Utah bill would loosen state's strict "Zion curtain" liquor rules
SALT LAKE CITY -- Utah's so-called Zion curtain would be torn down and customers wouldn't have to order food to get a drink if one lawmaker has his way in loosening the state's famously strict liquor laws.
The proposal from Rep. Kraig Powell, R-Heber City, comes just days after the Mormon church urged legislators to keep existing regulations in place in a hefty multimedia policy statement featuring one of the faith's top leaders drawing a line against efforts to ease up on liquor restrictions.
Powell, a member of the Mormon church, said Monday that his conversations with owners and workers in Park City's restaurants and resorts led him to craft the measure that would allow bartenders to pour and mix alcoholic drinks in plain sight instead of back rooms or behind partitions. It would also allow customers at restaurants to order an alcoholic drink without having food.
The law requiring drinks be made behind partitions has come to be known as the "Zion curtain" in a nod to Utah's legacy as home to The Church of Jesus Christ of Latter-day Saints.
A proposal to get rid of the rule died in the Senate last year. It likely faces significant odds this year, especially in light of the Mormon church's effort last week to retain regulations.
Lawmakers returned to the state Capitol on Monday for their annual legislative session, which lasts five weeks.
Powell said he met recently with church leaders, who told him the two rules he wants to scrap are key elements in curbing irresponsible drinking. Powell shares that end goal, but said he doesn't think the current rules assist it.
He fears that such restrictions prevent people from visiting the state's attractions, which include world-class ski runs and ample convention center space. Powell said visitors question what's going into their drinks when restaurant staffers disappear, and servers consider navigating the barricades a headache.
The current rule requiring servers to ask customers whether they plan to eat before ordering a glass of wine or beer leads to very awkward conversations, he said.
"The servers don't know how really to ask that properly sometimes without offending people," said Powell, an attorney who has been in the Legislature since 2009. "It's something they're not used to in other places."
The new proposal from Powell echoes cries from Utah's restaurant, bar and tourism industries that have successfully lobbied lawmakers to slowly loosen Utah's rules governing the sale of beer and alcohol in recent years, including nixing a requirement that bars operate as members-only social clubs.
Still, aside from the laws Powell has targeted, liquor licenses in Utah are issued to restaurants based on state population quotas, creating a long waiting list. In establishments that do serve alcohol, portion sizes are tightly controlled. And other alcohol sales are limited to state-run liquor stores, where beer is not refrigerated and ancillary items such as margarita mix aren't sold.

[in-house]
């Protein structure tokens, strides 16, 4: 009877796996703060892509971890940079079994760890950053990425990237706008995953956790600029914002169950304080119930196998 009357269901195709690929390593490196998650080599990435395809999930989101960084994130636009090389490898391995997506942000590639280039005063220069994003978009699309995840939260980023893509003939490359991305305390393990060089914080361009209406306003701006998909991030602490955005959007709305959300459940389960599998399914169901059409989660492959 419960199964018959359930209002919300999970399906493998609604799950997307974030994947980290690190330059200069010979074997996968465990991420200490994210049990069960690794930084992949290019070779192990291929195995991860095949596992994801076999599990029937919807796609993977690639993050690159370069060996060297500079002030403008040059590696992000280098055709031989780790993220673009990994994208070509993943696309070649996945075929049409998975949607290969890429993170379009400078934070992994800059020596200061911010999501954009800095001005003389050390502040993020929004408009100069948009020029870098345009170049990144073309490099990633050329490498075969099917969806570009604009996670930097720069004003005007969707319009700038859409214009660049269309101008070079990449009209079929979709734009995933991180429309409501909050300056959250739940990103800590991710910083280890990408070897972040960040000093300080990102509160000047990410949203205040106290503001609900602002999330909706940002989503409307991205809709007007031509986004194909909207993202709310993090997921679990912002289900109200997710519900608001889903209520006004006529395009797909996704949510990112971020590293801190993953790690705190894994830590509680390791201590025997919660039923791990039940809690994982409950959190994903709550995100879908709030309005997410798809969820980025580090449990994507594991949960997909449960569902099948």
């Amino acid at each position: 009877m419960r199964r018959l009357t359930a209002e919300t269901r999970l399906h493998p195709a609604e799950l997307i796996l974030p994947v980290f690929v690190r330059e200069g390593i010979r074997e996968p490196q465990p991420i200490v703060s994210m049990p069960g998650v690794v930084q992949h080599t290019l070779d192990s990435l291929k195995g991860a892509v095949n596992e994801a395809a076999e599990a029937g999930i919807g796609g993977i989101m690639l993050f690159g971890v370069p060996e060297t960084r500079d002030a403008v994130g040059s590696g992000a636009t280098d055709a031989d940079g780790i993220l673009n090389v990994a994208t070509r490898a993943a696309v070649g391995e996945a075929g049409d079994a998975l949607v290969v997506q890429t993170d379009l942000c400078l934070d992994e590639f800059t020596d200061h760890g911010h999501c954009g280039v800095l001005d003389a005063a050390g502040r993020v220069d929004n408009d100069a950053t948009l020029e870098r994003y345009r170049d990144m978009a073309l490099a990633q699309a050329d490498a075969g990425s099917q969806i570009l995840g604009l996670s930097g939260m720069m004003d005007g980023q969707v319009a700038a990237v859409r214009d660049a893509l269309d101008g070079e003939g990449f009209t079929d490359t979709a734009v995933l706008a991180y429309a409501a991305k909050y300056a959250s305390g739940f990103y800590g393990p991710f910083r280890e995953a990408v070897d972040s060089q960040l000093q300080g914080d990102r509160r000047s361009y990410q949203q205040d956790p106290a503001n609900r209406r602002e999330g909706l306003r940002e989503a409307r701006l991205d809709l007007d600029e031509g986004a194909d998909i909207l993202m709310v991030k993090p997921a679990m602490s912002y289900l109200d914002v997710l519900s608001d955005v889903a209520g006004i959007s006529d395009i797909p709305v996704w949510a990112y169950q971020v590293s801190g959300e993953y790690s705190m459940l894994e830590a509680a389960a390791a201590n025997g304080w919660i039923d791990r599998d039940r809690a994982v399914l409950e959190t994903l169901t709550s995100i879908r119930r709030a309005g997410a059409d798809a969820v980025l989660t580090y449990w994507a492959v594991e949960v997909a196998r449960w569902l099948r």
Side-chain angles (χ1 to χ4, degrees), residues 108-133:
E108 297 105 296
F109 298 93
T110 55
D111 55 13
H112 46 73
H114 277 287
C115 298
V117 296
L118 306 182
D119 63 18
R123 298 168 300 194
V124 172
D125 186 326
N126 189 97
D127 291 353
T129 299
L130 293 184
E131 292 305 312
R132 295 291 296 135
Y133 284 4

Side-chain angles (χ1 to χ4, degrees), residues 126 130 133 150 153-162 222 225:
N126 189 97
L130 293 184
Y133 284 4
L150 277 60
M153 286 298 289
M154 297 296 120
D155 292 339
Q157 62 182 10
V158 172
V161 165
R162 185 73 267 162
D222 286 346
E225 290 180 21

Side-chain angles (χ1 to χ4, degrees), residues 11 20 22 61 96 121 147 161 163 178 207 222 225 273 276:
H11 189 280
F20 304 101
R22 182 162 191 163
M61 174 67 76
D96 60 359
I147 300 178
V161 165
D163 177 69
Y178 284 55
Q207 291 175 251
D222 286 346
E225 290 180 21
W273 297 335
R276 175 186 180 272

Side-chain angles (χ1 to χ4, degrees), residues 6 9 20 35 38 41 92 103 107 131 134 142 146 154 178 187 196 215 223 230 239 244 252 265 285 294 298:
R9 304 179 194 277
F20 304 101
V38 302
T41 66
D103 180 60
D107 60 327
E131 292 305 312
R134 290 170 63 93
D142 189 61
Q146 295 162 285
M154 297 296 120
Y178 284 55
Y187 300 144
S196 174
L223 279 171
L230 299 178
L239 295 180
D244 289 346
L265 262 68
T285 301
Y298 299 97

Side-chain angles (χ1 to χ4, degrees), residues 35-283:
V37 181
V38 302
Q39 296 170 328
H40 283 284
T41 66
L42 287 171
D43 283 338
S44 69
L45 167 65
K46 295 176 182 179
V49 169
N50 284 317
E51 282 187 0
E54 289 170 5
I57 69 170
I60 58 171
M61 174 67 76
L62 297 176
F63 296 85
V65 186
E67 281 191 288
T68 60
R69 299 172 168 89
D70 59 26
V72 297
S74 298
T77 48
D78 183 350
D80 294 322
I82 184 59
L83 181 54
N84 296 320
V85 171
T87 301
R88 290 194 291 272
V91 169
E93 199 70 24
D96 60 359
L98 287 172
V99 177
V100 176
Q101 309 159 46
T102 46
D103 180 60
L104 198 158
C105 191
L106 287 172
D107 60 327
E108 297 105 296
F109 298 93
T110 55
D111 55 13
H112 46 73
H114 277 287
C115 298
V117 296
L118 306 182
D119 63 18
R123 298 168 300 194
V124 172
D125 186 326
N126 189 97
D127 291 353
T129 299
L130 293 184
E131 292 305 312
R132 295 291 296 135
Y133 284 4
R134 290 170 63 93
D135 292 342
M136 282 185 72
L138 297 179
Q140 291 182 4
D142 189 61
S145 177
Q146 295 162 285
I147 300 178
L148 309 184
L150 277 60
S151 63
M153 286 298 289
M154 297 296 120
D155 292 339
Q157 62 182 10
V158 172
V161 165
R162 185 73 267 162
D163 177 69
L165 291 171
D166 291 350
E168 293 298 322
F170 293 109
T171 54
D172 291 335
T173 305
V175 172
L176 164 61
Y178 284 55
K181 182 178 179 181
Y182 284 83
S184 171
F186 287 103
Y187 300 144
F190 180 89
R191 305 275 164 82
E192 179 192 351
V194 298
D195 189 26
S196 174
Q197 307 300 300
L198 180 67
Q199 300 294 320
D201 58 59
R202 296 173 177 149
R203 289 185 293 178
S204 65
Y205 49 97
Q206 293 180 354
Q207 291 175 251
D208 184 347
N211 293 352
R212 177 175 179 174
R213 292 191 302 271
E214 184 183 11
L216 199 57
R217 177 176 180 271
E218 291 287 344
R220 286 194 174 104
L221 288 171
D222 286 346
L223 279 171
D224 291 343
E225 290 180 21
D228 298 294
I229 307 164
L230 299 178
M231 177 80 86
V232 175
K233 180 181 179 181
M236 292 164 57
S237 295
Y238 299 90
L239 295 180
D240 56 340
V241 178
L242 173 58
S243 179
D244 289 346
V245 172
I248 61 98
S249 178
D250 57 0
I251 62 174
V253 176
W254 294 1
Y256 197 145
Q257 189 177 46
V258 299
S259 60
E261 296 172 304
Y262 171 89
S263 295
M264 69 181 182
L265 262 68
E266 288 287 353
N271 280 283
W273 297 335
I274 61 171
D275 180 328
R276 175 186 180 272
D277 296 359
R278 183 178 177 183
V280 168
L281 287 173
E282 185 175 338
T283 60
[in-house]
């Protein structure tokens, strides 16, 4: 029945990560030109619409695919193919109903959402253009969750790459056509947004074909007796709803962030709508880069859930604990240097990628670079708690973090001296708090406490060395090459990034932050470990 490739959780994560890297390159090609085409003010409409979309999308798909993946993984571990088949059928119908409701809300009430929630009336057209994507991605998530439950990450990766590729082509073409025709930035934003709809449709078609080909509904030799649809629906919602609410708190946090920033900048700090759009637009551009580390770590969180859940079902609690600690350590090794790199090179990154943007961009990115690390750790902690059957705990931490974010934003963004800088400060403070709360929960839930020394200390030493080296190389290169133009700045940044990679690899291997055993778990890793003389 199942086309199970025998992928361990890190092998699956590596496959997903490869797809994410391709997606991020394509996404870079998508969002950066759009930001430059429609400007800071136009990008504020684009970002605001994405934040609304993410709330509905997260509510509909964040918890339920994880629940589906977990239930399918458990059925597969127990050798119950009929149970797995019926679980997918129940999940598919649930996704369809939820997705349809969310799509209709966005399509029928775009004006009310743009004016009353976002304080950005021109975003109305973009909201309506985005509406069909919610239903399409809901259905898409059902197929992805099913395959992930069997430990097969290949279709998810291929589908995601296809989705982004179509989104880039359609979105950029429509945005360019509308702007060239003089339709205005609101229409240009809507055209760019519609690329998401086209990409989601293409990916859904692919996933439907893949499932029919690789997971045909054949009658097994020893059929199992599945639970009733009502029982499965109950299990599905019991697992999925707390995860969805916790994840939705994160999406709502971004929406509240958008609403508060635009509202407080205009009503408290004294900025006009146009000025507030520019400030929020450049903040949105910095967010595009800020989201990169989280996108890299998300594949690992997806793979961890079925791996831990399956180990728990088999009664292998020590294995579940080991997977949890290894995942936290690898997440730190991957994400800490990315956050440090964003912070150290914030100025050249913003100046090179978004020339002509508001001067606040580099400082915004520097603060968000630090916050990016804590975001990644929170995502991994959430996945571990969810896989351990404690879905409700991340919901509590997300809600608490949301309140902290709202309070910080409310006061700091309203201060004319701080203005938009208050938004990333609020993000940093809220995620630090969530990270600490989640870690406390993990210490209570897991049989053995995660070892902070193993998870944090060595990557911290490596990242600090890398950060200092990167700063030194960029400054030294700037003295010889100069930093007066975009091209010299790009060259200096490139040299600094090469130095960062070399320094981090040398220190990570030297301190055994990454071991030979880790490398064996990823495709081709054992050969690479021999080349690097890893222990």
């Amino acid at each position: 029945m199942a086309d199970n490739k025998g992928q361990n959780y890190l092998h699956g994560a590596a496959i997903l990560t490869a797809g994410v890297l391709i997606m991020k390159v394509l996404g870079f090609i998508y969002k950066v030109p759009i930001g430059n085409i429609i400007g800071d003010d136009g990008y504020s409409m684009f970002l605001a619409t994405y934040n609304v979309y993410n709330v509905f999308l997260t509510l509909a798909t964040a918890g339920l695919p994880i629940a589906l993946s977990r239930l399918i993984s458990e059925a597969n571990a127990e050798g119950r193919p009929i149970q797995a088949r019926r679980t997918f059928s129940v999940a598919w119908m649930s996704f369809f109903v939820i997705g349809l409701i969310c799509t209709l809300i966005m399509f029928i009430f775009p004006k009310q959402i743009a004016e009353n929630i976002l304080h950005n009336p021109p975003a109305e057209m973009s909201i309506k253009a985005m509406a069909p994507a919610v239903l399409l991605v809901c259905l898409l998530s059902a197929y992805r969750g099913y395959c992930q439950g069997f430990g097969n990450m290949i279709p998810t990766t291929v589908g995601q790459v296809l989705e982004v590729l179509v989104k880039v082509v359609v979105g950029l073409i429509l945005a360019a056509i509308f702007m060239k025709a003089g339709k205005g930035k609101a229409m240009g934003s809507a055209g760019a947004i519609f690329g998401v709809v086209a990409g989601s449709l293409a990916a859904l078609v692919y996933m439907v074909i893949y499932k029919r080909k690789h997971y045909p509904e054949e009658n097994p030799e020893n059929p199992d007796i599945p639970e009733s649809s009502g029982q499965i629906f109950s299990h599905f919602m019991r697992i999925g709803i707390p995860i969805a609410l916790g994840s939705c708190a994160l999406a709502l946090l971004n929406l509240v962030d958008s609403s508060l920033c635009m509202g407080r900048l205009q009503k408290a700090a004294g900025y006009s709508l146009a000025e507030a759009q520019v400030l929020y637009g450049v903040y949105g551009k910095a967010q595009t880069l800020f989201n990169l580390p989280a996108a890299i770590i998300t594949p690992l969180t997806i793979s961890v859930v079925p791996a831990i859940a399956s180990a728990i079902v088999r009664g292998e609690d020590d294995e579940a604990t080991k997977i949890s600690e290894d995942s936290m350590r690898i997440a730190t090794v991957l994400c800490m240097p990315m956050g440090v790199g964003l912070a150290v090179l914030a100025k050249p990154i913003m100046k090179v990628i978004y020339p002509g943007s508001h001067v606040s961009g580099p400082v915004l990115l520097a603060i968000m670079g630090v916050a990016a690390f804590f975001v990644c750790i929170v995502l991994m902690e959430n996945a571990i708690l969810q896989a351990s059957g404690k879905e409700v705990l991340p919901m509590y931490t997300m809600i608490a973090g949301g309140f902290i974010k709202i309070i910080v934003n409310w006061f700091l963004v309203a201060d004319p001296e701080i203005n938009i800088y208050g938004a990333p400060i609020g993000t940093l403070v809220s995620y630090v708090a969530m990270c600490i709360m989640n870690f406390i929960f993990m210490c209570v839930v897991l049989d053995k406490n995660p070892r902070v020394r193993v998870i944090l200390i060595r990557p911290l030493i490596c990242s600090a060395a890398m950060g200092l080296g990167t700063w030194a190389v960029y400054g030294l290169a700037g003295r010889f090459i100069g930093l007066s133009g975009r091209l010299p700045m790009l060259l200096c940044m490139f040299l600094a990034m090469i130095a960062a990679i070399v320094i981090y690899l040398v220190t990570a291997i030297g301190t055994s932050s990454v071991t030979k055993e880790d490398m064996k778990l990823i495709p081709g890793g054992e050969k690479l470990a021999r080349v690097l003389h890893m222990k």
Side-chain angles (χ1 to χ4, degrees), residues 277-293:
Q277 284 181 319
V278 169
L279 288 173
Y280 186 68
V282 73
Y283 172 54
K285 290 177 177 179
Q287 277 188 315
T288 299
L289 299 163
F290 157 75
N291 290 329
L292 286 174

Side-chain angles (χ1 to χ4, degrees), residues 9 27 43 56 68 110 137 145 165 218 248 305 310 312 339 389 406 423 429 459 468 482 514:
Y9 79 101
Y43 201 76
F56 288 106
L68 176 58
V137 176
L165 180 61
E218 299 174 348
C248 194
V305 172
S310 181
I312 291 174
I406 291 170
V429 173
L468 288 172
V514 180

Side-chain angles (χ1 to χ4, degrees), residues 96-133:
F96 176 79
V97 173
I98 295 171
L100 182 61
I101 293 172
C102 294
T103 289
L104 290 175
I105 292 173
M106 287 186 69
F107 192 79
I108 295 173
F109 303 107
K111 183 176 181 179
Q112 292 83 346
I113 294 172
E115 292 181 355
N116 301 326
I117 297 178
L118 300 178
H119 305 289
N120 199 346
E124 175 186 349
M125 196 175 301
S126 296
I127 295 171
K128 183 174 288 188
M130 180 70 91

Melva Sine, the president of the Utah Restaurant Association, said current laws hurt tourism revenue because they paint an unflattering portrait of Utah and confuse visitors. She's pleased Powell's proposal tackles the restaurant food rule, which she considers unnecessary.
In its statement last week, Mormon church leaders said the state's "reasonable" alcohol restrictions aren't unusual and effectively curtail binge and underage drinking and DUIs while still allowing people to drink responsibly. Leaders say current rules are "closely tied to the moral culture of the state" and prevent the state from falling into an "alcohol culture." They aren't proposing banning alcohol and don't want to impose the faith's rules on the entire state.
Experts have said the church's webpage, which features a video interview with one of the faith's top leaders, could have a chilling effect on efforts to change state liquor laws this session since the church is such a powerful political force. The majority of Utah legislators are Mormons and an estimated two-thirds of the state's residents belong to the faith.
Avoiding alcohol is a fundamental part of being considered a fully practicing member of the Mormon church, religious experts say. Those who drink alcoholic beverages can't worship in temples and face social stigma.
Powell acknowledges that as it stands now, the bill has little chance of clearing the state Senate. So far, in 2014, no senator has signed on to back Powell's proposal. But he says he hopes the two houses will reach a compromise.
Senate President Wayne Niederhauser said Monday that he doesn't think there's an appetite for these proposals among Republicans in his chamber, but he stopped short of voicing opposition because he hasn't seen the measure yet.
But House Speaker Becky Lockhart said Monday that she would like to see the state get rid of the Zion curtain. The Provo Republican said the state should let go of alcohol laws that don't minimize problems such as underage drinking, driving while intoxicated and overconsumption.
Lockhart, a Mormon, said she has no problem confronting the position taken by the LDS Church. "I'm comfortable having my own position on all kinds of issues," she said.
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